Start saving for Christmas: If you want to avoid a financial hangover in 2023, make a budget for this year’s festive period.
According to Marks & Spencer credit cards, we spend an average of £446 on each gift. See how much you spent last year and work on what’s realistic.
An increase in the National Insurance contribution limit on 6 July means you will not pay NI if you earn less than £12,570. The change from the previous level of £9,500 would save a typical worker an average of £330 per year.
Review Tax Credits: Millions of people need to review their working and child tax credits or risk losing thousands of pounds a year.
The tax credit must be renewed every year and the deadline for this is July 31. You can do this online, by mail or by phone. For more information see gov.uk/manage-your-tax-credits,
Claim School Uniform Grant: It’s time to start thinking about getting the kids back to school. Some councils pay up to £150 per child for a similar cost to support low-income families. This is a postcode lottery, so check with your local council to see if you can get money.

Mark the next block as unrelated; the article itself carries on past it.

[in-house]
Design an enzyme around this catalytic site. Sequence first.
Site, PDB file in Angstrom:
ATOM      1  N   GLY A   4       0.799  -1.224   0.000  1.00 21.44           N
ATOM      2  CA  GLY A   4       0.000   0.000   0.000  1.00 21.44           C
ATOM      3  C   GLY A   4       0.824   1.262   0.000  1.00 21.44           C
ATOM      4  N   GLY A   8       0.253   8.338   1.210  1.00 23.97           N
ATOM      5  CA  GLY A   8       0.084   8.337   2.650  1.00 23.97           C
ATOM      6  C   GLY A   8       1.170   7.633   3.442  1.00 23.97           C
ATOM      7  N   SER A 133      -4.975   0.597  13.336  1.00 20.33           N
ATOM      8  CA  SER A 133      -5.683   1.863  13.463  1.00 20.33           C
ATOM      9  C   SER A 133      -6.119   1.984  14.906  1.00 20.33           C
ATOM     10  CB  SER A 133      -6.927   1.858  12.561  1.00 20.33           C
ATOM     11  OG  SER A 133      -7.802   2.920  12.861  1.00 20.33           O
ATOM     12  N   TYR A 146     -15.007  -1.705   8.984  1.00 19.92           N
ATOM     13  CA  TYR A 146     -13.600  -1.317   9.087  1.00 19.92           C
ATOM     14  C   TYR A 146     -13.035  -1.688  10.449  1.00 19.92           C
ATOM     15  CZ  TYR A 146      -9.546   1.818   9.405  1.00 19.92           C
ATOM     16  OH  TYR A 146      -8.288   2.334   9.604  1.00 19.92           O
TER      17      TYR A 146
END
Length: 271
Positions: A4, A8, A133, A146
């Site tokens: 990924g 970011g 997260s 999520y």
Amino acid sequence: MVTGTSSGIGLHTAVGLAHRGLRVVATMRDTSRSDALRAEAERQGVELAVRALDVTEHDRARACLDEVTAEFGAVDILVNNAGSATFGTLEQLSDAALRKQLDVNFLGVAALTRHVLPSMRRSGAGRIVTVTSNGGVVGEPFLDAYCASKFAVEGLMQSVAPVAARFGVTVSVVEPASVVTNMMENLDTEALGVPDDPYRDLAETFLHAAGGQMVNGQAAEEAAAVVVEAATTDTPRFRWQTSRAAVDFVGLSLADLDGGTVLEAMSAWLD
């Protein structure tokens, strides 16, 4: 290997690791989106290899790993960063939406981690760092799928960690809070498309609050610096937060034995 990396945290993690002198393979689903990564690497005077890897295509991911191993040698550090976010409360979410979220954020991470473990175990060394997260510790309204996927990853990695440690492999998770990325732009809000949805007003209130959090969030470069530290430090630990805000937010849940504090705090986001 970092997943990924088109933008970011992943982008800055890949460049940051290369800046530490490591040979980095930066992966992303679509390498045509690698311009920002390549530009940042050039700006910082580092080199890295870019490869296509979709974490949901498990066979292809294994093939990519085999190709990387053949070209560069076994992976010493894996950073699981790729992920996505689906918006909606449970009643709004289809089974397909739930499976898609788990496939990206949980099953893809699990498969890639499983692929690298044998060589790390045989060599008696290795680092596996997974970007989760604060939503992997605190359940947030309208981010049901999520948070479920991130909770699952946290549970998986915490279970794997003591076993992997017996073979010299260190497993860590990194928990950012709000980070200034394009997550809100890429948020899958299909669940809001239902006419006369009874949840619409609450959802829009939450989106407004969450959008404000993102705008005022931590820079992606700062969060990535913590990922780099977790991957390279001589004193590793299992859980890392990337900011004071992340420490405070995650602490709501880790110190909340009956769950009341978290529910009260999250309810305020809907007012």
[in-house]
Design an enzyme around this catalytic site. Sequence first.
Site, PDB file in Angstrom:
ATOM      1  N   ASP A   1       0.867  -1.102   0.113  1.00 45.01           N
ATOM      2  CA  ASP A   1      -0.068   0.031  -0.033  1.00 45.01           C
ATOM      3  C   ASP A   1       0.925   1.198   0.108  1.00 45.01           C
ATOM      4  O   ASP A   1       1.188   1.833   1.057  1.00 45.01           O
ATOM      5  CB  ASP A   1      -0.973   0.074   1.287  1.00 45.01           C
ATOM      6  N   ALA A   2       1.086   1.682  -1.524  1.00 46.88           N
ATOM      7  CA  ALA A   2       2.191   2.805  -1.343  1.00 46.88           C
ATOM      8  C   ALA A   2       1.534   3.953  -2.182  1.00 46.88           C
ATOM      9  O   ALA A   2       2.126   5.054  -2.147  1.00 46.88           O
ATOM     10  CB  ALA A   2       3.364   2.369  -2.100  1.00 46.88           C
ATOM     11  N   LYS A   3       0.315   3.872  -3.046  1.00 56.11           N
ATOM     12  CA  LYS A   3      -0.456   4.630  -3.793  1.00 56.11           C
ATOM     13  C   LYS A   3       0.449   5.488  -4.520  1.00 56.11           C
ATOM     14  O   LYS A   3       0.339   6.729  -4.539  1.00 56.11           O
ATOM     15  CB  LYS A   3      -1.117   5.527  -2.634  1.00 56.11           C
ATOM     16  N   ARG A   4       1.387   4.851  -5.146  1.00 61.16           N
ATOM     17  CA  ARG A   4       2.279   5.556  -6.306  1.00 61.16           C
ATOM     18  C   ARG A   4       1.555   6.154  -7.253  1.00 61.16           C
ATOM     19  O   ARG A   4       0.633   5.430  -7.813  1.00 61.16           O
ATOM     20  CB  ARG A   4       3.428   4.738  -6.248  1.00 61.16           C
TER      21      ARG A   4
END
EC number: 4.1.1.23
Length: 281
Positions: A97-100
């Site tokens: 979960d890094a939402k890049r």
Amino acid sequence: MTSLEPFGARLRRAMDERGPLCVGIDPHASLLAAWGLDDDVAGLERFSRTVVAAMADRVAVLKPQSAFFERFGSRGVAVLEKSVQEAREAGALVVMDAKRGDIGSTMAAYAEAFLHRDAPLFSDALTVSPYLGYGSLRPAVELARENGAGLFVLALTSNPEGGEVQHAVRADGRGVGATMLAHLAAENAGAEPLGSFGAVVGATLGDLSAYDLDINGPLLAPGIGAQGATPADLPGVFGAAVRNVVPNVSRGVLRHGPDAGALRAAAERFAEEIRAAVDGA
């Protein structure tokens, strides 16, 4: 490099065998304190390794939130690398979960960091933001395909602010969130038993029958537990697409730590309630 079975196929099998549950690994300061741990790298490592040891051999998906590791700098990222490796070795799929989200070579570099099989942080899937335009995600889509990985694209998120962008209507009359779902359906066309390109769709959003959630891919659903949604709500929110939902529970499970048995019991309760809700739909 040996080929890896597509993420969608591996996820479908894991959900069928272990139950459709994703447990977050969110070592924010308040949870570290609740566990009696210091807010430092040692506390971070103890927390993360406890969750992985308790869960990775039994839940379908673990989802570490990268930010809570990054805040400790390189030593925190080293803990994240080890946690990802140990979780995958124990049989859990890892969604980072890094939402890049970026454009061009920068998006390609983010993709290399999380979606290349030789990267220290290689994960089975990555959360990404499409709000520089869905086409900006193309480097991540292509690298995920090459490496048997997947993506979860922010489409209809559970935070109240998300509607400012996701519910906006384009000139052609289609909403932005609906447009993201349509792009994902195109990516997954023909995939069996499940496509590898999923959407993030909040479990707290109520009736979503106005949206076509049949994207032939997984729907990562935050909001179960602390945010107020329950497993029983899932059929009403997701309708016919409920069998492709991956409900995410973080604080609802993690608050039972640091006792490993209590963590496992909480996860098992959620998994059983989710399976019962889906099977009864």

Energy Price Range: The energy regulator is expected to fix and announce the new price cap in August.
Families will have until 1 October to prepare for the hike, but bills are predicted to rise by a further £800 a year.
Yesterday, Offgame warned that the average bill could rise to £2,800 per year. Work out how you’ll bear the additional fee, then talk to your provider if you think you’re going to struggle.
Child benefit check: Parents and caregivers whose 16-year-olds are continuing full-time education must notify the government by August 31 or their child benefit payments will stop.
Last year, half a million families were affected by it, according to HMRC. meeting gov.uk/child-benefit-16-19,
take note: The paper notes of £20 and £50 went out of circulation. You have until 30 September to use them in stores.
After this time you will only be able to swap them in banks for new plastic polymer notes. Check the piggy bank and purse to avoid the hassle of exchanging notes.
Insulate now: As the temperature begins to drop, it’s time to review your home’s insulation. Draft-proofing windows and doors can save you up to £45 a year on a typical semi-detached.
Heavy curtains and cheap draft exclusions can also keep the heat in your home. See Energy SavingTrust.org.uk For more tips.
Families will have until 1 October to prepare for the hike, but bills are predicted to rise by a further £800 a year. Yesterday, Offgame warned that the average bill could rise to £2,800 per year.
Heat is on: Before you crank up radiators, check that they don’t have air pockets that prevent them from running efficiently.
If so, they need bleeding, which you can easily do. see guide wickes.co.uk/how-to-guides/home-maintenance/bleed-a-radiator,